These cases are collectively called copy-initialization and are equivalent to:[2]

It is however, not guaranteed that a copy constructor will be called in these cases, because the C++ Standard allows the compiler to optimize the copy away in certain cases, one example being the return value optimization (sometimes referred to as RVO).

Operation[edit]

An object can be assigned value using one of the two techniques:

  • Explicit assignment in an expression
  • Initialization

Explicit assignment in an expression[edit]

Objecta;Objectb;a=b;// translates as Object::operator=(const Object&), thus a.operator=(b) is called // (invoke simple copy, not copy constructor!)

Initialization[edit]

An object can be initialized by any one of the following ways.

a. Through declaration

Objectb=a;// translates as Object::Object(const Object&) (invoke copy constructor)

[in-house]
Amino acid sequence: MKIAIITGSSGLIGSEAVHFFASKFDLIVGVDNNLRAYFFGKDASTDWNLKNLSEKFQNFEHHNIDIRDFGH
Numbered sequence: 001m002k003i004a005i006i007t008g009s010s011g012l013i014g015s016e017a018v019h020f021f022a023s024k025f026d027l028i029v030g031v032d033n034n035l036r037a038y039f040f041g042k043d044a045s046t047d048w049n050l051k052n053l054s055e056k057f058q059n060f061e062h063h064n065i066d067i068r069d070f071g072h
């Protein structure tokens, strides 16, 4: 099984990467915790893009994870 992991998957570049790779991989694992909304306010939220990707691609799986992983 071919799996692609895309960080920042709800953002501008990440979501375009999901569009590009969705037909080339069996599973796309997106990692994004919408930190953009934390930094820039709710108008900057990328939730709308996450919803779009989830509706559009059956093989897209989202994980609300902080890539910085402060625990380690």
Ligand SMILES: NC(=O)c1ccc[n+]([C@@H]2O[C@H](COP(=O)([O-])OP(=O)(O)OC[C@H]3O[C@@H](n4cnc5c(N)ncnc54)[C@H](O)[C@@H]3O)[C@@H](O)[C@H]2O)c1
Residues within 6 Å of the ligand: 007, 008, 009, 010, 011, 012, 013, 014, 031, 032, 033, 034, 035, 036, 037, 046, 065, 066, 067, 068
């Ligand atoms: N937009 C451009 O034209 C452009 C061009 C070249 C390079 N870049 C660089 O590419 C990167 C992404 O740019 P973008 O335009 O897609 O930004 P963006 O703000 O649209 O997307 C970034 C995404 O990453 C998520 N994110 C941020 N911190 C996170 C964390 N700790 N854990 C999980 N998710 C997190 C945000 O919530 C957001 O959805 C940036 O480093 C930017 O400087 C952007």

b. Through function arguments

c. Through function return value

The copy constructor is used only for initializations, and does not apply to assignments where the assignment operator is used instead.

The implicit copy constructor of a class calls base copy constructors and copies its members by means appropriate to their type. If it is a class type, the copy constructor is called. If it is a scalar type, the built-in assignment operator is used. Finally, if it is an array, each element is copied in the manner appropriate to its type.[3]

By using a user-defined copy constructor the programmer can define the behavior to be performed when an object is copied.

Examples[edit]

These examples illustrate how copy constructors work and why they are required sometimes.

Implicit copy constructor[edit]

Let us consider the following example: